Best time(s) to run pump

miked1675

Member
Nov 19, 2017
8
San Tan Valley, AZ
I live in San Tan Valley, AZ where it can get up to 122 during the monsoon season, we are in it now. I have both solar for our house and a separate system for our pool. Our electrical company is SRP and since I have solar the program I am on is one to watch the kWh between 2-8 PM. Thus I am currently operating my pump from 6 AM to 6 PM on low cleaning and then in between, heavy cleaning from 9 AM to 12 Noon and finally again for solar between 1 PM to 5 PM for a total run time of 12 hrs. I'm doing the solar time at the time SRP states to watch the kWh because the time is the hottest time of the day and I am producing the most energy. Does anyone believe the 12 hrs is way too much? My pool is inground 10680 gals kidney-shaped no trees around or the neighbors. My pump is a Hayward TriStar VS model SP3202VSP.
 

mas985

TFP Expert
LifeTime Supporter
May 3, 2007
12,676
Pleasanton, CA
It is difficult to judge how much run time a particular pool will need. But consider this, the pump run time study in my signature suggests that most pools need less than 4 hours of run time to be maintained properly and the average pool needs only about 2 hours of run time. Any more run time is purely for aesthetic reasons (i.e. debris removal). Some on the forum like to run 24/7 just to keep the pool pristine and constantly free from debris. Others like myself, want to minimize run time as much as possible given what we pay for electricity.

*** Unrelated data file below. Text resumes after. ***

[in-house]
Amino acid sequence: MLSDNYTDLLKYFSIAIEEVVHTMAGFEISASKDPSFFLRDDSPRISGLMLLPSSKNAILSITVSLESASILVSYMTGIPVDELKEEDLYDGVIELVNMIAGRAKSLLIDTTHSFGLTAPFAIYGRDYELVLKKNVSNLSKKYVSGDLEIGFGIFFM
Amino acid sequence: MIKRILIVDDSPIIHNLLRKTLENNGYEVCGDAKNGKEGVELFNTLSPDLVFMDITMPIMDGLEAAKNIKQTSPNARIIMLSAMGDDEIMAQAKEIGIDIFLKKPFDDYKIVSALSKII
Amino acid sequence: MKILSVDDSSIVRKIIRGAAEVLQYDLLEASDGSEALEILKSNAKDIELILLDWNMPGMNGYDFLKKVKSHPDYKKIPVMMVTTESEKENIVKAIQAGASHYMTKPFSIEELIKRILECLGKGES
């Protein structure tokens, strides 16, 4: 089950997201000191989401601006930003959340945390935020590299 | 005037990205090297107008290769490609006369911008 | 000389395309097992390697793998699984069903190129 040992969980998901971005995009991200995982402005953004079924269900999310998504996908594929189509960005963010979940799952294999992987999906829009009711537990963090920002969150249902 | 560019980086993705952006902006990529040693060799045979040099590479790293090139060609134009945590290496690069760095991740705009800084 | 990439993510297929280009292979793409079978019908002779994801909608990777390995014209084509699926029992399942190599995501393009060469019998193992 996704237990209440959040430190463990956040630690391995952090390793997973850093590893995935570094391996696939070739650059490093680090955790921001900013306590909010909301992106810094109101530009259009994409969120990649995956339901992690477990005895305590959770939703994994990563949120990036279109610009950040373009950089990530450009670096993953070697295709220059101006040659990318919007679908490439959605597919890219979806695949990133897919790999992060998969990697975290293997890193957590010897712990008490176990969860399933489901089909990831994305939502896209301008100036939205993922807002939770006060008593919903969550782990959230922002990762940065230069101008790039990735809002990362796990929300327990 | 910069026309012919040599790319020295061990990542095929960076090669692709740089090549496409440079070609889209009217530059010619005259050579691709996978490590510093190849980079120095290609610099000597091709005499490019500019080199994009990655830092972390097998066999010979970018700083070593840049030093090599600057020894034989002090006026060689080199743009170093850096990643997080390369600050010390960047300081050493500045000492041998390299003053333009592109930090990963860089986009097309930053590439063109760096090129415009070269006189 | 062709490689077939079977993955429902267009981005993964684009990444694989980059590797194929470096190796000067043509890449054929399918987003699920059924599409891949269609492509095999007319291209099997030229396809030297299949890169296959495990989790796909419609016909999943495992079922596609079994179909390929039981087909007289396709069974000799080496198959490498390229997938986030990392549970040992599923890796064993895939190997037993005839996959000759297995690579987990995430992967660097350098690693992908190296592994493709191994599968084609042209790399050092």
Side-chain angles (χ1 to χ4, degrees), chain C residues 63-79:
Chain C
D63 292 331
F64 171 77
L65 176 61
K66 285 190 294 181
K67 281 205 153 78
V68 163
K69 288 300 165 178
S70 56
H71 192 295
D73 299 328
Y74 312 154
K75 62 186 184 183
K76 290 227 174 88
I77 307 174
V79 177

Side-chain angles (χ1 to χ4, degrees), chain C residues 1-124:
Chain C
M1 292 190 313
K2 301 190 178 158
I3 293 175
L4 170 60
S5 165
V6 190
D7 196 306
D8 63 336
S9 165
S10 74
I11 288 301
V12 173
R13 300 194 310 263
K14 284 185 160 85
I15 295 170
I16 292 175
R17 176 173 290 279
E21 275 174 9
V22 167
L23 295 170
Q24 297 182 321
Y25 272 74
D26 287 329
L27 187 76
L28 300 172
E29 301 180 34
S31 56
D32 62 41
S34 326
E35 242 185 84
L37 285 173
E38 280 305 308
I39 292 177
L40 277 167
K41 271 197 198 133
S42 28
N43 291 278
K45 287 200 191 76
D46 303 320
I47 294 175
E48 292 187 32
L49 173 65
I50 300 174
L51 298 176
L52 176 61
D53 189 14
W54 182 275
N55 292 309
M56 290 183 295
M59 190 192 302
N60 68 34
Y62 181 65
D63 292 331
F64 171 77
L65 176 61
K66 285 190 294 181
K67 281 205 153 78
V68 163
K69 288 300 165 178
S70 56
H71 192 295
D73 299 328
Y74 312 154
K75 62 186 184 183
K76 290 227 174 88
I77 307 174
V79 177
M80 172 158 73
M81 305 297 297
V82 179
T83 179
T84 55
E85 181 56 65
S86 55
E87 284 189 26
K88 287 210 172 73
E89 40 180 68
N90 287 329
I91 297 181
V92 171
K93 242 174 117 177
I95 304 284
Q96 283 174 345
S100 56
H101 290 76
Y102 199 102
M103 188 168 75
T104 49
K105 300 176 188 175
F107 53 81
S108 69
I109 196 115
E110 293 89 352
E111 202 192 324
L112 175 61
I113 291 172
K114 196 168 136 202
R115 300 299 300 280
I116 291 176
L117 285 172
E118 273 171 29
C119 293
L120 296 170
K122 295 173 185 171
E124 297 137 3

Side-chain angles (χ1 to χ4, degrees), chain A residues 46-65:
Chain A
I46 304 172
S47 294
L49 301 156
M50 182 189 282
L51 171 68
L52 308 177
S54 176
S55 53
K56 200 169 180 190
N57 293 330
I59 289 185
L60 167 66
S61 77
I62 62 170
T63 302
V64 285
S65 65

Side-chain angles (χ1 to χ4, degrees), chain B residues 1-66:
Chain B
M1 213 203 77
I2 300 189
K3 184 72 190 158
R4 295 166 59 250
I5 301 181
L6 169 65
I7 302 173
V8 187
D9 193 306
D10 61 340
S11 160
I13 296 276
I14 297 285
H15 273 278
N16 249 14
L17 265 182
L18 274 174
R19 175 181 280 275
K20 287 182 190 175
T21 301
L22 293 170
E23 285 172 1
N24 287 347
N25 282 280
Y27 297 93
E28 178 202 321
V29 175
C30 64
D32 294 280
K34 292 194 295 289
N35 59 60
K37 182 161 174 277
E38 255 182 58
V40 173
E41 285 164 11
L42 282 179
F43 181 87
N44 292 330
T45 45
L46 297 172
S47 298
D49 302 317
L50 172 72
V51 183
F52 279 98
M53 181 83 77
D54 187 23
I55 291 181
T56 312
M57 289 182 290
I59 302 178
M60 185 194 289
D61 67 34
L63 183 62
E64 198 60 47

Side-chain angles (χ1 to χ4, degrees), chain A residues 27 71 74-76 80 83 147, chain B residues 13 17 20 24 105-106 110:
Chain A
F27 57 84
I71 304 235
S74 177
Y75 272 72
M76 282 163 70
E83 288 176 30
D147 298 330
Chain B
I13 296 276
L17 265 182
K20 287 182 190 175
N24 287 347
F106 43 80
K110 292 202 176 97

However, given your situation, you may want to make sure you run during the part of the day where the water (not air) is at it's warmest since this the period of time where the FC levels will drop the fastest. Also, keep in mind that when you reduce run time, you need to increase the SWCG % setting to compensate. If you are running at 50% for 12 hours, you can only reduce run time to 6 hours. If you are already at 100%, you can;t reduce run time at all.
 

RC121

Bronze Supporter
Jul 9, 2011
63
Scottsdale, AZ
I'm in scottsdale and have solar but have APS, although its a similar plan with peak time from 12 to 7. I'm not sure I'm understanding your run times. If you want to run it for 12 hours, why are you running it at all between 2 and 8pm? If the SRP program is at all like APS, you'd be building up a lot of credits between 2 and 8 pm for the less kwh you use during that time frame which would offset your off-peak times but you'd still be paying money when you use energy on-peak. If I were you, I'd eliminate the pump from running between 2 and 8pm and take my time down to 10 hours. Try it out for a week and if your pool is still clean, kick it down to 9 or even 8 hours. Keep doing that until the pool isn't as clean as it was before and then go back to the previous run time.

I've not had a SWCG so that will certainly effect how much time you have to run the pump. You'll need to find the ideal pump run time to keep your pool clean but also generate enough chlorine.
 

miked1675

Member
Nov 19, 2017
8
San Tan Valley, AZ
Thanks, and yes, I have gotten a lot of info from people to cut back. I do believe I'll run 6 hrs at night and 2 hrs during the day for the solar heating bringing me to a total of 8 hrs run time.